Philippines: BOP surplus hits $3.1 billion in January

As government borrows more

MANILA, Philippines — The Philippines posted a two-year high balance of payments (BOP) surplus of $3.08 billion in January, reversing the $102 million deficit incurred a year ago, as the Marcos administration forayed into the offshore debt market early this year.

Data released by the Bangko Sentral ng Pilipinas (BSP) showed the latest figure was the highest since the $4.24 billion surplus recorded in December 2020.

“The BOP surplus in January 2023 reflected inflows arising mainly from the national government’s net foreign currency deposits with the BSP, which include proceeds from its issuance of ROP Global Bonds, and net income from the BSP’s investments abroad,” the BSP said.

In January, the new administration tapped the international debt market for the second time since President Marcos assumed office in June last year.

The Philippines issued $3 billion worth of global bonds payable in 5.5, 10.5 and 25 years despite rising interest rates amid the aggressive rate hikes delivered by global central banks led by the US Federal Reserve to tame inflation.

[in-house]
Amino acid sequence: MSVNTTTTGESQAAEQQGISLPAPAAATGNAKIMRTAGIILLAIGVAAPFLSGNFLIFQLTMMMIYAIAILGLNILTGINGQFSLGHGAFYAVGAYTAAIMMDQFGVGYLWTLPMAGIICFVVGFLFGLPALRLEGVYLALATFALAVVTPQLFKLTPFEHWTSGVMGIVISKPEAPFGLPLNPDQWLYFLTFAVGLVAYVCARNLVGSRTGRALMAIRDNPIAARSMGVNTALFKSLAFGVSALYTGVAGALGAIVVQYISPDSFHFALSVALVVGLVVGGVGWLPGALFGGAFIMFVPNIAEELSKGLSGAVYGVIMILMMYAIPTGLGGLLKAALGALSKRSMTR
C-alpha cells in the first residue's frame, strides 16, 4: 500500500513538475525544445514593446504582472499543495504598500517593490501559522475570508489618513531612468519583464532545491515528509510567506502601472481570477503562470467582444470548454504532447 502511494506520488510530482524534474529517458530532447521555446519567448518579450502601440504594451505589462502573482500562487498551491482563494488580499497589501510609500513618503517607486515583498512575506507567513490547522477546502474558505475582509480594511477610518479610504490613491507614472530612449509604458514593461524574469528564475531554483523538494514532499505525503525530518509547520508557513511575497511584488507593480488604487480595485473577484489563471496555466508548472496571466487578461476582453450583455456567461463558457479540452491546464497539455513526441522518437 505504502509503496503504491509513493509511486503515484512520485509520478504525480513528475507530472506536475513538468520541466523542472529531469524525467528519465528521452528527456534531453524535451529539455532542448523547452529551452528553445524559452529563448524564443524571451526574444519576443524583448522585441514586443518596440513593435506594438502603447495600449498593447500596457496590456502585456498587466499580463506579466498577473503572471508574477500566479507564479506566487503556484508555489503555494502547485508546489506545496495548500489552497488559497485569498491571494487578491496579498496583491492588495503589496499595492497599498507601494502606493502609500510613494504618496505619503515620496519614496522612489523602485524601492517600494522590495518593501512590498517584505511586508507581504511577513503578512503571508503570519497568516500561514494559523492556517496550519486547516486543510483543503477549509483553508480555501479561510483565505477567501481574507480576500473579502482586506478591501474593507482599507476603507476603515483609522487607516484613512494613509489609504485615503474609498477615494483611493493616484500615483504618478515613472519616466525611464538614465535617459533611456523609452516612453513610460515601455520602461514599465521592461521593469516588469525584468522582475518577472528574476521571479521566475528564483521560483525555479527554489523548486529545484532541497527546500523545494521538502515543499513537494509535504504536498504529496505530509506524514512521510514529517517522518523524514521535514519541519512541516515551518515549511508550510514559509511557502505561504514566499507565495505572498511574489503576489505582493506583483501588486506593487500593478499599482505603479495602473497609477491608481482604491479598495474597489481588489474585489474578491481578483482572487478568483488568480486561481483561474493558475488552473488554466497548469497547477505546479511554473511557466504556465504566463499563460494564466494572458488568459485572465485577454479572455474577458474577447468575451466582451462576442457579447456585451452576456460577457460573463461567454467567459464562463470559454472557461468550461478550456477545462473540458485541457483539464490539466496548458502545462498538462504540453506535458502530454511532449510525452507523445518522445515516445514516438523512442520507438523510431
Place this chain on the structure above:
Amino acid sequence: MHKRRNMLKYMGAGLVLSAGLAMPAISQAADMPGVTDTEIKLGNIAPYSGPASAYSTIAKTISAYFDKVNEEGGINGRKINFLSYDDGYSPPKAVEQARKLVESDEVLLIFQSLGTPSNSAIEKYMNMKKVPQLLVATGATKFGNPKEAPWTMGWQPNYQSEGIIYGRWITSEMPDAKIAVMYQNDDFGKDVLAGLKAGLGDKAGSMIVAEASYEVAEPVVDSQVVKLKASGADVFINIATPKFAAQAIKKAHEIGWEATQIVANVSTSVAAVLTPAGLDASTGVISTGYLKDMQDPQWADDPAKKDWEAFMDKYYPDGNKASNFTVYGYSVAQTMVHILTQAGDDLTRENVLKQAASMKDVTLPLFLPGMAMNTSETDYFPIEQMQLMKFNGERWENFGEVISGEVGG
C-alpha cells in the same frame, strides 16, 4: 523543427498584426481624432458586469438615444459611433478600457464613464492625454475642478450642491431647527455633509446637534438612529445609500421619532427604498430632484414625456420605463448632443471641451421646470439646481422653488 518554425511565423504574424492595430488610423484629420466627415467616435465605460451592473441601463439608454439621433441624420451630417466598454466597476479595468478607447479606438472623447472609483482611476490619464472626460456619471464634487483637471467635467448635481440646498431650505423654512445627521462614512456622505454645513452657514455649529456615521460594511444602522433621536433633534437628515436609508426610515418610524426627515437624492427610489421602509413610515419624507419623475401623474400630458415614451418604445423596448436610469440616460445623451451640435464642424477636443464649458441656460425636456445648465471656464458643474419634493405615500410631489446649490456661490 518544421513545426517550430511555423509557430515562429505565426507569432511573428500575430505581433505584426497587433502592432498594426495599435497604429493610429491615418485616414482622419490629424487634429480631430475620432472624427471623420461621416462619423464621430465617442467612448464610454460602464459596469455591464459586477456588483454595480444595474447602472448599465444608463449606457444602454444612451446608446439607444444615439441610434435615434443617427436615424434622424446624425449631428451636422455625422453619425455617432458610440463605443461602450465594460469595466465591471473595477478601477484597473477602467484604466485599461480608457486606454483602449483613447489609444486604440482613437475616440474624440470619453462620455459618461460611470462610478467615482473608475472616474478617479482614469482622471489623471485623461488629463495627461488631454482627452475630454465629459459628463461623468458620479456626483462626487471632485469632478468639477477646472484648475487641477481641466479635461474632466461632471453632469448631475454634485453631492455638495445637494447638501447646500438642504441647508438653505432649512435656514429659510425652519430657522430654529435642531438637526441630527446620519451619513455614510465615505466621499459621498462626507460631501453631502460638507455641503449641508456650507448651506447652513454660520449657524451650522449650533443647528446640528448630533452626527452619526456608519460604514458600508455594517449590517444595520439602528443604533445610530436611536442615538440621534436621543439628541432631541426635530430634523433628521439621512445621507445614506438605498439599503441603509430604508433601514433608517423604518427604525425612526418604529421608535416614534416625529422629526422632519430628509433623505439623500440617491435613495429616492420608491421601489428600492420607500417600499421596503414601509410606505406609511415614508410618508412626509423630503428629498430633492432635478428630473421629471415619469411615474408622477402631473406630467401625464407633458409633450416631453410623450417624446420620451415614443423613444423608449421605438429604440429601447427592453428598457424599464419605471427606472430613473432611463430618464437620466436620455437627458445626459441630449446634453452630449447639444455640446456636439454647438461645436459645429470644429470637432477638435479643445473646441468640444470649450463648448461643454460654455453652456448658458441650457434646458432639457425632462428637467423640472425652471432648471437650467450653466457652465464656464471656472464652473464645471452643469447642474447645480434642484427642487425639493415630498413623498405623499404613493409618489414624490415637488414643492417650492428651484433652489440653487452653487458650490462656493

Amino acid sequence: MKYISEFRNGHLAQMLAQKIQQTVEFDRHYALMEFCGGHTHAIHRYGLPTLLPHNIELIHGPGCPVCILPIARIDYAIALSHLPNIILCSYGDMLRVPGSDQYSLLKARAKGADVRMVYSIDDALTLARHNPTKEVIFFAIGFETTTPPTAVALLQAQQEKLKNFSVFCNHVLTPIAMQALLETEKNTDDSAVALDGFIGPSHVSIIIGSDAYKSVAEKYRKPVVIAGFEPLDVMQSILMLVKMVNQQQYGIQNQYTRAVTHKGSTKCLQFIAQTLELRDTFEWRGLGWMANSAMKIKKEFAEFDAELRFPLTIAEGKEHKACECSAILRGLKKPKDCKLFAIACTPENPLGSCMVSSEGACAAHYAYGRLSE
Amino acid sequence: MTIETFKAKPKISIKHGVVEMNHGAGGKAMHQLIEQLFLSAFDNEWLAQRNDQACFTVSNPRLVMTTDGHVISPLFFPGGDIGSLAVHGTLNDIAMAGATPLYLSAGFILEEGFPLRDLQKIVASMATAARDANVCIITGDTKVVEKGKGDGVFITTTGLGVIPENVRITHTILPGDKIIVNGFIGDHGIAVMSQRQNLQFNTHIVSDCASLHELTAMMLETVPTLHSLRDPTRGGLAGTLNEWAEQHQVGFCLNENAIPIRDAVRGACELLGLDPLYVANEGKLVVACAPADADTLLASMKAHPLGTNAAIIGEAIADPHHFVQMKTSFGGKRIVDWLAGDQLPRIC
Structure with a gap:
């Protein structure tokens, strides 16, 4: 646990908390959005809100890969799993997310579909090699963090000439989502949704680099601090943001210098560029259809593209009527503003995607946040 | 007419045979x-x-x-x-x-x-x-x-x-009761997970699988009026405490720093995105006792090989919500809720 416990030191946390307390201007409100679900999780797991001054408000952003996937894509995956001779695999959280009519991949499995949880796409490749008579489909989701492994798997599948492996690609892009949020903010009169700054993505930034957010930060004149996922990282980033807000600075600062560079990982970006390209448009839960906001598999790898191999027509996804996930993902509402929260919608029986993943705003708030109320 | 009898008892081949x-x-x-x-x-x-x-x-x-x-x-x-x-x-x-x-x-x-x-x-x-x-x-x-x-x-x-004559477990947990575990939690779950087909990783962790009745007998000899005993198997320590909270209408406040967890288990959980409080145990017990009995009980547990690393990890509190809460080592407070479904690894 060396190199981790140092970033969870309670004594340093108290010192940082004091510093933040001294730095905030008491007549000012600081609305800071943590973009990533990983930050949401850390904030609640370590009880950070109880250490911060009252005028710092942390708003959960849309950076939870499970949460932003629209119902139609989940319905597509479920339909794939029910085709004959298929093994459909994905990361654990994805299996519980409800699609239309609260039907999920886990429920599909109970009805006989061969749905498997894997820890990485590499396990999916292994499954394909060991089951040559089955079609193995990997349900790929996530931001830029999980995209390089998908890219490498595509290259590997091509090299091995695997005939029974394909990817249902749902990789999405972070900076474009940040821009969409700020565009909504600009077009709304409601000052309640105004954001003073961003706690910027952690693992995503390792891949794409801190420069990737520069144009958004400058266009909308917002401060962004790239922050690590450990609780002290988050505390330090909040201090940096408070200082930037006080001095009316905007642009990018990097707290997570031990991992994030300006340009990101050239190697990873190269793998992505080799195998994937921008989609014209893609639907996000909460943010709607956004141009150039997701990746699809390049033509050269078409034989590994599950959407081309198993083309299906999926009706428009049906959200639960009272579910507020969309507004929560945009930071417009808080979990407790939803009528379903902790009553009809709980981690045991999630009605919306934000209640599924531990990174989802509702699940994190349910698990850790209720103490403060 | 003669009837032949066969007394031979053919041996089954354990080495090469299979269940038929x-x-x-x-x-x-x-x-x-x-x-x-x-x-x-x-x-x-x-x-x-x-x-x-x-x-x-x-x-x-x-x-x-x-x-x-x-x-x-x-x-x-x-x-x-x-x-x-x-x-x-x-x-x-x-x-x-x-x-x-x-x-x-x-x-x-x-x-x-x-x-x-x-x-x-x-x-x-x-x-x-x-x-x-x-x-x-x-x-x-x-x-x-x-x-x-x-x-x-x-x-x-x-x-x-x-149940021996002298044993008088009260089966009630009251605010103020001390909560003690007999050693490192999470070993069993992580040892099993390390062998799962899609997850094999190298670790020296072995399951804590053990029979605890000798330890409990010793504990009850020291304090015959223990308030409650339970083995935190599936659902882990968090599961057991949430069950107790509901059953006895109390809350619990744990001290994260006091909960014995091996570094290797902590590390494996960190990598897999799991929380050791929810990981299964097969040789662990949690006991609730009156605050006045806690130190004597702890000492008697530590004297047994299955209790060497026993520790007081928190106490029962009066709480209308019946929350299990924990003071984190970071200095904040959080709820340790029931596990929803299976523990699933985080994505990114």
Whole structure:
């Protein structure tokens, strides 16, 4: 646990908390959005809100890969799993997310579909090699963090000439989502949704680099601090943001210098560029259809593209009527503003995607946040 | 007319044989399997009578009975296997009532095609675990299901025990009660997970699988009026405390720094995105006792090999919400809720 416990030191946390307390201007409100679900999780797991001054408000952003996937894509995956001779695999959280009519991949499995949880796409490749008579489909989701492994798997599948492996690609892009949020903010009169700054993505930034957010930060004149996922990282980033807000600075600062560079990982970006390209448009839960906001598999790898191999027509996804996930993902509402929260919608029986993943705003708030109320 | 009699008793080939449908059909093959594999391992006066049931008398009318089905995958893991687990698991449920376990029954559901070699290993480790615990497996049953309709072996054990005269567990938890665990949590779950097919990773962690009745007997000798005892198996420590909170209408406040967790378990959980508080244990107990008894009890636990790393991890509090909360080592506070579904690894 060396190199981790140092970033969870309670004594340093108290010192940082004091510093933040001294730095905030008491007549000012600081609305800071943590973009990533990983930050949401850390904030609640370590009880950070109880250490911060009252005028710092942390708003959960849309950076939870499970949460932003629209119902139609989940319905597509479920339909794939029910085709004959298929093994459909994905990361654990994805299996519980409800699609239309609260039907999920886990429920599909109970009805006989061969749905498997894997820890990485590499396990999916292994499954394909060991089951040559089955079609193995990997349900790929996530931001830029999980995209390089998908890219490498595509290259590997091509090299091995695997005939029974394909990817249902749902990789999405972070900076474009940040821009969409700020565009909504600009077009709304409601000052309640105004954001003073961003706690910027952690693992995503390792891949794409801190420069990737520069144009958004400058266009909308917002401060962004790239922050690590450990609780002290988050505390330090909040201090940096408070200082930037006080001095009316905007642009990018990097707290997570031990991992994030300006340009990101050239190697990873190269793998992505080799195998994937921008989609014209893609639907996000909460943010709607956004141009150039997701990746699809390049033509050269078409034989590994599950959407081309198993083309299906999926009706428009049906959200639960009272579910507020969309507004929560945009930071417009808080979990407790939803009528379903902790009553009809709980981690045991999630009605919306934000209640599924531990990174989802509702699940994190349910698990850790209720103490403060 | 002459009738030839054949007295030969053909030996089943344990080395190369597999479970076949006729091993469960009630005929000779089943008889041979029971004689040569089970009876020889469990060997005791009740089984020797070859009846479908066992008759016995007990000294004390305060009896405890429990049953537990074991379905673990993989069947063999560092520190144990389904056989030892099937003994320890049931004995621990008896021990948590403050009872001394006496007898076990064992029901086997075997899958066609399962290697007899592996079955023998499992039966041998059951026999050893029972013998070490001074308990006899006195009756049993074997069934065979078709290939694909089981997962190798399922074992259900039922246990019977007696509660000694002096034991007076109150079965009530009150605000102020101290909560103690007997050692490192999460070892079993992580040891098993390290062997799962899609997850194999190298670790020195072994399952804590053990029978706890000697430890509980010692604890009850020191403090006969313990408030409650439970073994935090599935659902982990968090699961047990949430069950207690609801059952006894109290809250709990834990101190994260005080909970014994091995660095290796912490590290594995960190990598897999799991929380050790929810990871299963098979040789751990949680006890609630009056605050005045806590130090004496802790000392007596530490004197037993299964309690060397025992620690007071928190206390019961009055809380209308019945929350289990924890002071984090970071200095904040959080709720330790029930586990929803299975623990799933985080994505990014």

The BOP is the difference in total values between payments into and out of the country over a period.

A surplus means that more dollars flowed into the country from exports, remittances from overseas Filipino workers (OFWs), business process outsourcing (BPO) earnings and tourism receipts than what flowed out to pay for the importation of more goods, services and capital.

The Philippines booked an all-time high $7.26-billion BOP deficit last year, reversing the $1.35 billion surplus in 2021, as the elevated global commodity prices brought about by geopolitical tensions further widened the gap between imports and exports.

The shortfall, however, was lower than the revised $11.2 billion shortfall or 2.8 percent of gross domestic product (GDP) projected by the central bank for 2022.

For 2023, the BSP is looking at a smaller BOP deficit of $5.4 billion or 1.3 percent of GDP.

The BSP also revised the country’s gross international reserves (GIR) level to $100.7 billion in January from $96.1 billion in December.

“The latest GIR level represents a more than adequate external liquidity buffer equivalent to 7.6 months’ worth of imports of goods and payments of services and primary income. Moreover, it is also about 6.2 times the country’s short-term external debt based on original maturity and 4.1 times based on residual maturity,” the BSP said.

Source: https://www.philstar.com/business/2023/02/21/2246383/bop-surplus-hits-31-billion-january